Dear Bundoo: Is my child obese?
One mom details her feeding schedule for her 6-month-old infant and worries that—based on her pediatrician’s comments—her son may be suffering from obesity. Is he really overweight? See what our expert says.
My son will be 6 months old tomorrow and weighs about 20 pounds. He was 7 lb. 7 oz. when he was born and gained weight steadily the first four months. At 4 months of age, he weighed 13 lb. 7 oz. Then all of a sudden, over the next two months he gained four more pounds, and now he weighs 20 pounds. When my pediatrician saw how much weight my son had gained, he mentioned obesity and diabetes if I didn’t get his weight under control. I haven’t increased how much my son eats. I’m feeding 16-22 oz. of EBM a day, plus one jar of baby food at breakfast, lunch, and dinner. Should I be concerned?
Dear Weight Worrier,
With the rise in obesity in the US, parents and pediatricians alike are understandably concerned. Obesity at a young age puts children at risk for diseases previously only seen in adulthood, such as Type 2 diabetes and high blood pressure. Breastfeeding is one of the ways to prevent obesity in babies, so you should feel great about that. In addition, we recommend beginning solid foods at age 6 months, never putting cereal or other foods in a bottle, and watching for signs that a baby is full to avoid overfeeding.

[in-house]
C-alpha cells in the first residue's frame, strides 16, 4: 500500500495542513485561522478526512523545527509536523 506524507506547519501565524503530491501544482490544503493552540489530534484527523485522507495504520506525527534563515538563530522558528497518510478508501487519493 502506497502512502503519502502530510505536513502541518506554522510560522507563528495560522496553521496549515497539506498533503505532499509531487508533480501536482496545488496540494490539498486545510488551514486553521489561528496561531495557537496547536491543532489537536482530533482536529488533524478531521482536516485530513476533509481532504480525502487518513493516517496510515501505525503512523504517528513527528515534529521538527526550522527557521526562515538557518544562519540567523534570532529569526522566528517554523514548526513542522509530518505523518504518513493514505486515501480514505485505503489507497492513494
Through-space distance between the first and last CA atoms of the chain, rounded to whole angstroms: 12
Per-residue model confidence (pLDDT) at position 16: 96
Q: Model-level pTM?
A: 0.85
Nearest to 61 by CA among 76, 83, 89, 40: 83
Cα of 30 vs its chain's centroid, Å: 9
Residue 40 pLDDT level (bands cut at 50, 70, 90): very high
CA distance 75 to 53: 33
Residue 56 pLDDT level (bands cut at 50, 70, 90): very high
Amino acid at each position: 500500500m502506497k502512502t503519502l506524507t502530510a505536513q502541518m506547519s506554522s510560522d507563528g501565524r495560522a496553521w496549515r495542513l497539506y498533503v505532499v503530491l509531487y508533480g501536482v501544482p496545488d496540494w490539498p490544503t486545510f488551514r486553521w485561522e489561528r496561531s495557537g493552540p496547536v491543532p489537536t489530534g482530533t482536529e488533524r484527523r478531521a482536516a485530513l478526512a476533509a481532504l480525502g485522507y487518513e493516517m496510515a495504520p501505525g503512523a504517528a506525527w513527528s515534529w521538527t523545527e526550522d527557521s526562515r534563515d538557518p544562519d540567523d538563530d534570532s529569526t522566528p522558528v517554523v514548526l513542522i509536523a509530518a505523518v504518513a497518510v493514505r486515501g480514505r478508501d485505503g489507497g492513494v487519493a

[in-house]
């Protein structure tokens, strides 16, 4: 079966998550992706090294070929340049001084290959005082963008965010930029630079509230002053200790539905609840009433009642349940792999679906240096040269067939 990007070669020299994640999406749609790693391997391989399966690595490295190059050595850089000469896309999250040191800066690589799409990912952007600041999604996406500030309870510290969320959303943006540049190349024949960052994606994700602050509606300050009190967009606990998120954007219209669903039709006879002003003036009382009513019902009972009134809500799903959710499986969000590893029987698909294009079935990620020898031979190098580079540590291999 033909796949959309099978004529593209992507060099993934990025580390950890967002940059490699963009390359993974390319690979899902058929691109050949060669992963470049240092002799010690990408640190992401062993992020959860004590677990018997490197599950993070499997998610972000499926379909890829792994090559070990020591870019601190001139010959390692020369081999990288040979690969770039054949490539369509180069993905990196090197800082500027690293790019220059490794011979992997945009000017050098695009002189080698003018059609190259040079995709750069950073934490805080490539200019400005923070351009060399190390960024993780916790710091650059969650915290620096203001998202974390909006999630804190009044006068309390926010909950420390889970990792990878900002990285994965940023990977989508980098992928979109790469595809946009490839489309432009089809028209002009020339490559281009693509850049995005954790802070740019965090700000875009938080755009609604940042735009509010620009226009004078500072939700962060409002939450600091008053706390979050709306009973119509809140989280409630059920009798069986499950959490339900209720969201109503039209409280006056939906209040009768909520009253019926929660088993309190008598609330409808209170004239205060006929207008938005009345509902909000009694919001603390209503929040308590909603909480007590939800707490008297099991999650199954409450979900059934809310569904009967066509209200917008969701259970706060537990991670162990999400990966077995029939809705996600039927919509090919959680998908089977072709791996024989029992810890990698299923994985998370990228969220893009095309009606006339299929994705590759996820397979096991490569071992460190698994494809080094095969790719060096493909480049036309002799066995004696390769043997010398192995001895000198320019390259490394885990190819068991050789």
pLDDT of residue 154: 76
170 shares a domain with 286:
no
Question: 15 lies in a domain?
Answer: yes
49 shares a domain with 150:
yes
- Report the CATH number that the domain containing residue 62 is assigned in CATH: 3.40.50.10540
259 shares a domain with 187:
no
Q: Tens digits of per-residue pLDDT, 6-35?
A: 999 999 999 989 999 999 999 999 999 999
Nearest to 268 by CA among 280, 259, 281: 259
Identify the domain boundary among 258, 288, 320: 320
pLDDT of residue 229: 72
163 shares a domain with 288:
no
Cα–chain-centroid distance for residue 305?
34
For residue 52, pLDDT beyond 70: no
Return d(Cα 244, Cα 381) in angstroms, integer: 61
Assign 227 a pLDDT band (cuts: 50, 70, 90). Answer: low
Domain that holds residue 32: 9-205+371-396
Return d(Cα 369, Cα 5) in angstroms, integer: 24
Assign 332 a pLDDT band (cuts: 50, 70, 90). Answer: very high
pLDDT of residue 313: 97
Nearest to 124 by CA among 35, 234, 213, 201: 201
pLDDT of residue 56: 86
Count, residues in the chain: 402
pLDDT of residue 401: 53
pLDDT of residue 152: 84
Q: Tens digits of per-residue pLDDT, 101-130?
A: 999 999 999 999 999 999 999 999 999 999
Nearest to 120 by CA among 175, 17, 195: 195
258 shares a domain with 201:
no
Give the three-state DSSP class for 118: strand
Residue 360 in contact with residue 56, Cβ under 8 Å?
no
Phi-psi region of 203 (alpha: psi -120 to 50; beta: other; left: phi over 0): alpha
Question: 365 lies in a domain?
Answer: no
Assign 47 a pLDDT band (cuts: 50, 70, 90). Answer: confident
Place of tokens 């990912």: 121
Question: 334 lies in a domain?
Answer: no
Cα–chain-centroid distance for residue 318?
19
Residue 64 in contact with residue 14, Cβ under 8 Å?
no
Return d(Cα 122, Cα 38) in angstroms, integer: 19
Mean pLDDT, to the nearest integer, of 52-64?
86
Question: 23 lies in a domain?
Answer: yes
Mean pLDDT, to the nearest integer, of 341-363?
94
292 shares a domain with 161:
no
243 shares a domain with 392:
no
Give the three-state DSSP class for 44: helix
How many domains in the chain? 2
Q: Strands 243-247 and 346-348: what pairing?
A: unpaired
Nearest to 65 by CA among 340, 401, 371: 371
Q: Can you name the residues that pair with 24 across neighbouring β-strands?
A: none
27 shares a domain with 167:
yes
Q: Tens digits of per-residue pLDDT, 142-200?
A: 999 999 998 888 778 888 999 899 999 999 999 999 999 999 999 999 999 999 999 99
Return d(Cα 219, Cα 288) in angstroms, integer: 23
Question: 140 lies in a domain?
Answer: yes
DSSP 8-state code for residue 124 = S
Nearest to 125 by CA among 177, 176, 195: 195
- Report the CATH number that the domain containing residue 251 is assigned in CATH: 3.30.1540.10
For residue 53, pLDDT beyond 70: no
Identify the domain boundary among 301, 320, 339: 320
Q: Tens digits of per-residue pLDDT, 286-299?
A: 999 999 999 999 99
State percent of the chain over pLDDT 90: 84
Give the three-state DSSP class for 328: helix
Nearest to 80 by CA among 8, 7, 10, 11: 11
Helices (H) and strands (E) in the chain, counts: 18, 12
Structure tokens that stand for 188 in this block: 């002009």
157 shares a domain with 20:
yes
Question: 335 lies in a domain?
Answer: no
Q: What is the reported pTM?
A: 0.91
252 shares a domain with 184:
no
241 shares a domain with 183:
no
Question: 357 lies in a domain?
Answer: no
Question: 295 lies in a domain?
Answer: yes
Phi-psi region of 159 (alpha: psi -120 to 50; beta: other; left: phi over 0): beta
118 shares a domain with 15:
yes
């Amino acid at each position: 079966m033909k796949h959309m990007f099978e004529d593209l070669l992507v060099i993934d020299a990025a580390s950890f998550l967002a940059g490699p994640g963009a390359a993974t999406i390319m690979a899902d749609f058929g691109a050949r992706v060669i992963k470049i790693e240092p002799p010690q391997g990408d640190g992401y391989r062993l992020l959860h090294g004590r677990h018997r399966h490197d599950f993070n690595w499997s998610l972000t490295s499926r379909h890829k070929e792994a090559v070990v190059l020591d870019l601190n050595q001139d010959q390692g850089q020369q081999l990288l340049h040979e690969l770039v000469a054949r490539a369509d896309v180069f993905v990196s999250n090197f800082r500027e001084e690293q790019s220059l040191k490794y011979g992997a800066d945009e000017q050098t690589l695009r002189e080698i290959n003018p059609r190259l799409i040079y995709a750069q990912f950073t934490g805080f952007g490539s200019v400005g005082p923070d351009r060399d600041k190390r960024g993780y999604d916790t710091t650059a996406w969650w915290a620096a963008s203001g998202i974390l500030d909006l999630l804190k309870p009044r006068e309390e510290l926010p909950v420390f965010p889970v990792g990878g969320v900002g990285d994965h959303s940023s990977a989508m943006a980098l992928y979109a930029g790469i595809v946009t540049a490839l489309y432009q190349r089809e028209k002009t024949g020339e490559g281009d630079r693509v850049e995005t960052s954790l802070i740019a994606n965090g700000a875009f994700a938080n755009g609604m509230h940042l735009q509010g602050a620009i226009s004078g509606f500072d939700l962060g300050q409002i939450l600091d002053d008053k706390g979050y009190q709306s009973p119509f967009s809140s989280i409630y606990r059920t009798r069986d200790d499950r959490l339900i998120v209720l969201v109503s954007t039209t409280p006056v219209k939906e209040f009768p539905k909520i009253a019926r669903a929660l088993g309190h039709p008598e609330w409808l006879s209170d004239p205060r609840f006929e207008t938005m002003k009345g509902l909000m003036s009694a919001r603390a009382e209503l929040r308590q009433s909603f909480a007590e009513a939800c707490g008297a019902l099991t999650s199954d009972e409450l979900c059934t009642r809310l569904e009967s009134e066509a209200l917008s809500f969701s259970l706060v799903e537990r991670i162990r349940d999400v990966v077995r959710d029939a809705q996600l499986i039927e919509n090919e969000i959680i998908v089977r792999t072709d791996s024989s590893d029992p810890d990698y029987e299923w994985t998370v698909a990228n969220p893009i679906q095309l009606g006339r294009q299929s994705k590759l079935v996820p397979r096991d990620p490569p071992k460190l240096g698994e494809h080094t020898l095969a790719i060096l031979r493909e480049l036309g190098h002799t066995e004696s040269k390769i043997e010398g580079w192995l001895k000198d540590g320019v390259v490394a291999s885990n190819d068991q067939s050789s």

If you are doing all of those things, then your baby is gaining according to his genetic code and therefore there is no need to worry. Continue EBM and feeding healthy veggies, fruits, and protein. Avoid juice and simple starches like cereals. Your son will be weighed again at his 9- and 12-month visits, and you will likely get a better idea of his overall growth. If obesity is an issue in your family history, discuss that with your pediatrician as you begin feeding your son more foods. Together you can make sure you are feeding your baby what he needs to grow and thrive without putting him at risk for obesity.
Answered by Dr. Sara Connolly, Bundoo Pediatrician
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